The Palestine Herald, Palestine, Texas

January 25, 2014


Palestine Herald-Press

PALESTINE — The home of Mr. and Mrs. A. S. Fox was regarded as one of the most socially elegant homes in Palestine. It was the scene of many receptions and open houses.

The home was a jewel on Silk Stocking Road. The Fox house was originally given the address 310 South Sycamore in 1899, today the current address is 411 South Sycamore.

The house sat high off of the ground, rectangular in shape with wrap around verandas. Compared to rival houses, the Fox house was not the most ornate. It was restrained in it's ornamentation, large wood brackets supported a wide eave, a  hipped roof was topped by an iron cresting. Placed on the grounds was a 3 tiered cast iron fountain supported by cranes, but perhaps the most lovely feature of the grounds was the wood gazebo that sat to the left of the house. The small gazebo was truly a work of art; decorated with dental style trim and diamond pattern trim and painted burgundy, dark green, and cream.

The home was the scene of many fine events. One such affair took place on Dec. 14, 1898, when the actor Edwin Rostell came to Palestine to star as “Cardinal Richelieu” at the Temple Opera House.

Mr. Rostell gave a speech on “The Classics in Dramatic Literature” at the Fox house. Mrs. Fox, a member of the Self Culture Club, invited the young ladies of the As You Like It Club to attend the event. Mrs. Fox would be well known for her elegant parties and would often order french hyacinths and other fragrant flowers that would arrive by train with which to decorate her home.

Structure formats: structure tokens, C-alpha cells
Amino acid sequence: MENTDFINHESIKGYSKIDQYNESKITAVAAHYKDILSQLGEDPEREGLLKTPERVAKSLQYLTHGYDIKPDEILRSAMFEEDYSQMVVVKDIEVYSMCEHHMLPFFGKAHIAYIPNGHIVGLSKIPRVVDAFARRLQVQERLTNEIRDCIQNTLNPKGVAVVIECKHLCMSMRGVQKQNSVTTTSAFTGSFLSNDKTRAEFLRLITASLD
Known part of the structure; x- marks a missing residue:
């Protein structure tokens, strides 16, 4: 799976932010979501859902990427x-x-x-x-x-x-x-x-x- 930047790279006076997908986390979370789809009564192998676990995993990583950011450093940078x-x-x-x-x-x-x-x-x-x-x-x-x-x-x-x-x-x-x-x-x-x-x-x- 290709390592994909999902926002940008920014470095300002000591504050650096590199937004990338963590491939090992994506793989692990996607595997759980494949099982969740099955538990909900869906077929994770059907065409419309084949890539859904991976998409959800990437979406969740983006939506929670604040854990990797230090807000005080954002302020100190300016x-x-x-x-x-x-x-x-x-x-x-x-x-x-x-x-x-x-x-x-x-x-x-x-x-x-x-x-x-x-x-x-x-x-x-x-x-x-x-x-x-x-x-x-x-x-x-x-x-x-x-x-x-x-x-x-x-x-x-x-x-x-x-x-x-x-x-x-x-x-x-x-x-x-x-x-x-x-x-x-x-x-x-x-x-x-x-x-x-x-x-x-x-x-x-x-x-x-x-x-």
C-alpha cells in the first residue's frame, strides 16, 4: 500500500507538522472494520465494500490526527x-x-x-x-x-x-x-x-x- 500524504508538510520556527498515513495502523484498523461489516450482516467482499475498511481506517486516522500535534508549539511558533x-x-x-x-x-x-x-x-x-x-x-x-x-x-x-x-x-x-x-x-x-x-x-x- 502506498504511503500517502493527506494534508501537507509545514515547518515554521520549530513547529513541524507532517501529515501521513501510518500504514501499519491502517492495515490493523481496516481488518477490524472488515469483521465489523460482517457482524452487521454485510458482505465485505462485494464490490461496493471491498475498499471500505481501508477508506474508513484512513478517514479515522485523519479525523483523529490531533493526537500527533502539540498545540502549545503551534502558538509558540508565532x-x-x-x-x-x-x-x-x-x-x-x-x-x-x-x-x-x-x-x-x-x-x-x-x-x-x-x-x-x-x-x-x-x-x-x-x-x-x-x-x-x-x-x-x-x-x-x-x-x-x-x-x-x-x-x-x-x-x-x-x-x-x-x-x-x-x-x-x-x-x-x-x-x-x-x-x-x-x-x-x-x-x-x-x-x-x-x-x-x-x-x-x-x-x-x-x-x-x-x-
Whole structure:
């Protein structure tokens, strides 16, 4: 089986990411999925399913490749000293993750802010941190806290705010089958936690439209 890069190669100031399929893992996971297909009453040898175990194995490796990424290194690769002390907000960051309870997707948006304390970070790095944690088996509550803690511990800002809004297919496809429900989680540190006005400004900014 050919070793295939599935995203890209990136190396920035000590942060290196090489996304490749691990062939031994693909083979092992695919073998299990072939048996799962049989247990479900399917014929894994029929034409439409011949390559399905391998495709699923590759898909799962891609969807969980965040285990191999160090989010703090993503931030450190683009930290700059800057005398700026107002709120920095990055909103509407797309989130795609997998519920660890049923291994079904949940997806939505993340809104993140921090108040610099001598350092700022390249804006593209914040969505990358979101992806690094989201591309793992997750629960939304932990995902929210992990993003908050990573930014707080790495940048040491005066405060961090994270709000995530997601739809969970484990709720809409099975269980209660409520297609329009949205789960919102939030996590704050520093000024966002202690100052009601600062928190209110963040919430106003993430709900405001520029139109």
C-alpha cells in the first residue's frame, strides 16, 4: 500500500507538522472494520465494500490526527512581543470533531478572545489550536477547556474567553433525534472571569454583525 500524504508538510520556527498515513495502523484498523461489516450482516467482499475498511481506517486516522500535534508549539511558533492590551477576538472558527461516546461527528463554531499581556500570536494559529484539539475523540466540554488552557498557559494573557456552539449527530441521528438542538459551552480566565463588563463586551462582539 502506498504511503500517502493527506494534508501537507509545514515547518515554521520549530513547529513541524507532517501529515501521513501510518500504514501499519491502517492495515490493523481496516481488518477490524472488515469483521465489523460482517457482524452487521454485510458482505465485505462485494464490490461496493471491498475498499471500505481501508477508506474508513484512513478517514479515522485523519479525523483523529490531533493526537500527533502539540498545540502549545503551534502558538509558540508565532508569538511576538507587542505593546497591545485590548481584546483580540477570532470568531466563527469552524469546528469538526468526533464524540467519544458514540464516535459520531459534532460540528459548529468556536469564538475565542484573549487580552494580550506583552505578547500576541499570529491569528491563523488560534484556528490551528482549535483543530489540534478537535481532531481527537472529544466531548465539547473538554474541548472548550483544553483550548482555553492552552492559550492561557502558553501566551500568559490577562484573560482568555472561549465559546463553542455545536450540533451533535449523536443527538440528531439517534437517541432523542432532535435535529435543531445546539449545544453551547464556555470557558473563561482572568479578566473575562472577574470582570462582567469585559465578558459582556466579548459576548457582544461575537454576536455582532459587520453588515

The house would later pass into the ownership of Mr. and Mrs. George Pessoney. George F. Pessoney was the owner of the Palestine Ice, Fuel, and Gin Company. The Pessoney's would bring the greatest change in the appearance of the house; the Italianate design would become an imposing classical facade with four large white columns that would rise the full height of the house. The original one story wrap around porch was given a more stately look and the new formal portico would be completed with a triangular pediment.

Sadly, nothing remains of the elegant home. While the Pessoney family was repairing the house for a Christmas family gathering, a fire broke out and damaged the house beyond repair. The family, which had already moved to their country home, had the gazebo and fountain moved to their new home. The remains of the once elegant Fox-Pessoney house were demolished.  The cast iron fountain has been lost over the years, however the beautiful gazebo still remains sitting quietly in the hidden in the country.


Correction to last week's article: The Wright Mansion was demolished in 1949, not 1969. I apologize for the typographical error.